The European Investment Bank (EIB), the European Union's long-term financing institution, is providing a EUR 33 million loan from own resources (1) for financing air traffic control equipment for West and Central Africa and Madagascar. This loan is a first loan under a facility approved by its Board of directors in a total amount of EUR 66 million. The project will contribute to improve air traffic safety between Africa and Europe and Africa and the Indian Ocean airspace along standards defined by the International Civil Aviation Organisation (ICAO). It will upgrade technology in use for African air traffic control by a transition from a ground-based to a satellite-based system, which is compatible with the ICAO's new air navigation plan.

The borrower is the « Agence pour la sécurité de la navigation aérienne en Afrique et à Madagascar » (ASECNA). ASECNA is an international organisation grouping 14 West and Central African nations, Madagascar and France for the air traffic control in that part of Africa as well incoming, outgoing and cross continent air traffic. It is an outstanding example of EU-ACP and inter ACP cooperation for a public utility (air traffic control).

The loan will provide term financing and allows for an enhanced upgrading of African air safety infrastructure to ensure, in line with customer demand and IATA regulation, the reliability of growing air traffic, a key factor in the economic development of the African continent.

The EIB, established in 1958 by the Treaty of Rome, finances capital investment projects which further the European Union (EU) policy objectives. It also participates in the implementation of the EU's co-operation policy towards third countries that have co-operation or association agreements with the Union. Currently, the Bank's financing in Africa, the Caribbean and the Pacific (ACP) is carried out under the provisions of the Fourth Lomé Convention, which was concluded in 1989 for a period of 10 years and is accompanied by two Financial Protocols. Under the second financial protocol, the total financial aid available amounts to EUR 14.6 billion, of which EUR 12 billion is grant aid from the EU member states, EUR 1 billion is managed by the EIB as risk capital finance, and up to EUR 1.6 billion is in the form of loans from the EIB's own resources. The EIB is at the moment working in close collaboration with the EU Member States and the European Commission to finalise criteria and operational guidelines of the newly created Investment Facility, set up by the New ACP-EU Partnership Agreement, signed in Cotonou in June 2000, which will replace the Lomé Convention. Under the Cotonou agreement the total financial aid available amounts to EUR 15.2 billion for 2002-2006, of which EUR 11.3 billion is grant aid from the EU member states, EUR 2.2 billion is managed by the EIB under the Investment Facility, replacing risk capital finance, and up to EUR 1.7 billion is in the form of loans from the EIB's own resources. The Investment Facility is a revolving facility (loan amortizations will be invested in new operations), aiming at supporting technically, environmentally, financially and economically sound projects in the private or the commercially-run public sector.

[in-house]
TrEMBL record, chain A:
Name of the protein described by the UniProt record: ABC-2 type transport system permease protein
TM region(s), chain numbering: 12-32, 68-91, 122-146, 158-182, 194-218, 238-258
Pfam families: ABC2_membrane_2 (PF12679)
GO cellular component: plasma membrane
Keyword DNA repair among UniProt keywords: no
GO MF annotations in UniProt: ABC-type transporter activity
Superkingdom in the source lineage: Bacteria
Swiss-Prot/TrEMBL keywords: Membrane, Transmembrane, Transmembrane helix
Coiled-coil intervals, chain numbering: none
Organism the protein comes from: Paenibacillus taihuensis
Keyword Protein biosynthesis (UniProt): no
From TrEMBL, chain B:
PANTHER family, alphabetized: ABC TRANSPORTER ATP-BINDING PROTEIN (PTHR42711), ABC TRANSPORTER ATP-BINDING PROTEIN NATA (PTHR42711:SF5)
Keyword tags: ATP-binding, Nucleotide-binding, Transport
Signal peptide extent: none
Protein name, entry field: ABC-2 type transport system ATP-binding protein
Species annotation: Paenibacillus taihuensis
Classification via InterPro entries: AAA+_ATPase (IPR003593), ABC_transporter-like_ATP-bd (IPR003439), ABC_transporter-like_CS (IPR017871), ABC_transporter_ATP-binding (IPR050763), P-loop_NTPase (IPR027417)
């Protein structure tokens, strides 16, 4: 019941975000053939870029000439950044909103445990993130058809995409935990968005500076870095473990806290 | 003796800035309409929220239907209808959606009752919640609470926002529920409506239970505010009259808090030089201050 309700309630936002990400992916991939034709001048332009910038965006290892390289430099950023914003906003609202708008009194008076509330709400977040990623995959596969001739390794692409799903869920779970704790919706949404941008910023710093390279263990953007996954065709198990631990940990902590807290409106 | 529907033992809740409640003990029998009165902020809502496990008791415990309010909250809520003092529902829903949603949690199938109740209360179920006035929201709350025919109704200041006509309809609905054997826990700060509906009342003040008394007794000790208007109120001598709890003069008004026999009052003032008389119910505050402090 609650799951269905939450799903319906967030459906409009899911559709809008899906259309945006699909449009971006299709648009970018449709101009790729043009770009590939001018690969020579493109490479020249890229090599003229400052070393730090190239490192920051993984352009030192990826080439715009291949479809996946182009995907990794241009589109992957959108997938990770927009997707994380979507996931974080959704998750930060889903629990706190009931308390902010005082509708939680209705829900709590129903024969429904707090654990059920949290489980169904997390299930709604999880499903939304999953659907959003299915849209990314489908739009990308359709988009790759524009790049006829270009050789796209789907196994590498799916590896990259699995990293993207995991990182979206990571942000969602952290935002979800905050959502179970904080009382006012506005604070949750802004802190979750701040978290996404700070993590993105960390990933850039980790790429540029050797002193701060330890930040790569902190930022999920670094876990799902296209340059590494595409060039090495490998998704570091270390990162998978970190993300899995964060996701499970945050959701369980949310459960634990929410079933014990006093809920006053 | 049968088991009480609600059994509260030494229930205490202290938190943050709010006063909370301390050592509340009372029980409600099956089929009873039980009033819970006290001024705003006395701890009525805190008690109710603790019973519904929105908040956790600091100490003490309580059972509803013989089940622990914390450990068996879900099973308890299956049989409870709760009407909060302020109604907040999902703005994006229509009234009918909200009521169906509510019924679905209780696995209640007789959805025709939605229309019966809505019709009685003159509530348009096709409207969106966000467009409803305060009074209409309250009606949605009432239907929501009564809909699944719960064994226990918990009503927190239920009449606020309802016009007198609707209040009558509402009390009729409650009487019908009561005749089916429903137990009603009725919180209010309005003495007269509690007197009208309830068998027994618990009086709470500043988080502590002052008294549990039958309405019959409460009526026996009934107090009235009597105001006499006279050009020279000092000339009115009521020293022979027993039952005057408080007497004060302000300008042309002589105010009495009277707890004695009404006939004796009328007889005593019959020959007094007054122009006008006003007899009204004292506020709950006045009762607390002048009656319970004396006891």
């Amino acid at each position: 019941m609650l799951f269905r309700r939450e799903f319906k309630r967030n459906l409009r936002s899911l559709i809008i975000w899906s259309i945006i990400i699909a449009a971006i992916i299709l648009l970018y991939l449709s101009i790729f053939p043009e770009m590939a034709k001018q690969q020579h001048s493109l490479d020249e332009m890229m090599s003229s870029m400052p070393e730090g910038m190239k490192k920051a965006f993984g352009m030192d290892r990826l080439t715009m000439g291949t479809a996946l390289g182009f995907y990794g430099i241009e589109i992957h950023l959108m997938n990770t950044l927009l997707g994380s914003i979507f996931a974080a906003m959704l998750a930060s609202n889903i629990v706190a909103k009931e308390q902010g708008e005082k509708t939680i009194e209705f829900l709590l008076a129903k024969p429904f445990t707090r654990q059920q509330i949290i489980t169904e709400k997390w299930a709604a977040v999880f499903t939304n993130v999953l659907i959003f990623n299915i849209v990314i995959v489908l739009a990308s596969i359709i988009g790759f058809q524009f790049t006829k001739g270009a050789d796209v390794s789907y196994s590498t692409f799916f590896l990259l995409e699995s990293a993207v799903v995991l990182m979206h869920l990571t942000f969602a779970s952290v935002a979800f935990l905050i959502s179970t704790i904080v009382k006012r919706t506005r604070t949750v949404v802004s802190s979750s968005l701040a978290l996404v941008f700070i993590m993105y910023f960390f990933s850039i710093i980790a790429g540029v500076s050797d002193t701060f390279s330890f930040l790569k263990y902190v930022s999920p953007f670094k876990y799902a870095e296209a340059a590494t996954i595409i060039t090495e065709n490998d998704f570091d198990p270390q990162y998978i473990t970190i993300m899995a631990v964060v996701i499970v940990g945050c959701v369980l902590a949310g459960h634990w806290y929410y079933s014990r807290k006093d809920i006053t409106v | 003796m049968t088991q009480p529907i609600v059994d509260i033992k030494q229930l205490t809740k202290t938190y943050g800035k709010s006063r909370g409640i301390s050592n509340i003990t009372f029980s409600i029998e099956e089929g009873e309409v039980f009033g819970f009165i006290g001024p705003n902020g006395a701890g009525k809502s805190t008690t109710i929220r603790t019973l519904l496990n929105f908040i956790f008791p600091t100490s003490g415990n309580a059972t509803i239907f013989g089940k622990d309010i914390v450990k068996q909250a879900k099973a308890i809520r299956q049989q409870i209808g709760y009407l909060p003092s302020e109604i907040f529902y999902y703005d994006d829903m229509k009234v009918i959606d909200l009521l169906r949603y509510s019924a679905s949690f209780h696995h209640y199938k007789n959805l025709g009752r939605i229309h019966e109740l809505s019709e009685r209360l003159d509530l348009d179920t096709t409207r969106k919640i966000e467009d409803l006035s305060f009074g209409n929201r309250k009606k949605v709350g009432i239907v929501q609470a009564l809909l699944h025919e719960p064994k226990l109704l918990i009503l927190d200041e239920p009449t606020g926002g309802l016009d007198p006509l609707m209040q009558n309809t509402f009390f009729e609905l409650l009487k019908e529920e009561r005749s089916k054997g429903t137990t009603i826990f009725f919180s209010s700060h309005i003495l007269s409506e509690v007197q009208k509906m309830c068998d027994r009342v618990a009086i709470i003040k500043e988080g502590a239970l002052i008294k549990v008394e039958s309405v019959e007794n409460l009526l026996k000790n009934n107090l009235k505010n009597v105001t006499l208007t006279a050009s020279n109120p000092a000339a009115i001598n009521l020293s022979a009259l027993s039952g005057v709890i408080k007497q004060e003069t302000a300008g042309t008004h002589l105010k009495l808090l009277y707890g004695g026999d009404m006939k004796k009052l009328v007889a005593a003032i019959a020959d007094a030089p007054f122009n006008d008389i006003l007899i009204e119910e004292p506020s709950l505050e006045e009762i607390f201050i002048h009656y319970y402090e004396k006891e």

The Republic of South Africa became an associate member of the Lomé Convention in 1997. The Bank has a separate lending mandate from the EU's Member States to provide long term financing for RSA totalling EUR 825 million over the period 2000-2006.

(1) The Bank's own resources are raised on the international capital markets. In addition the EIB manages part of the European Development Fund (EDF), constituted by contributions from EU Member States, under mandate, which it uses primarily for risk capital operations.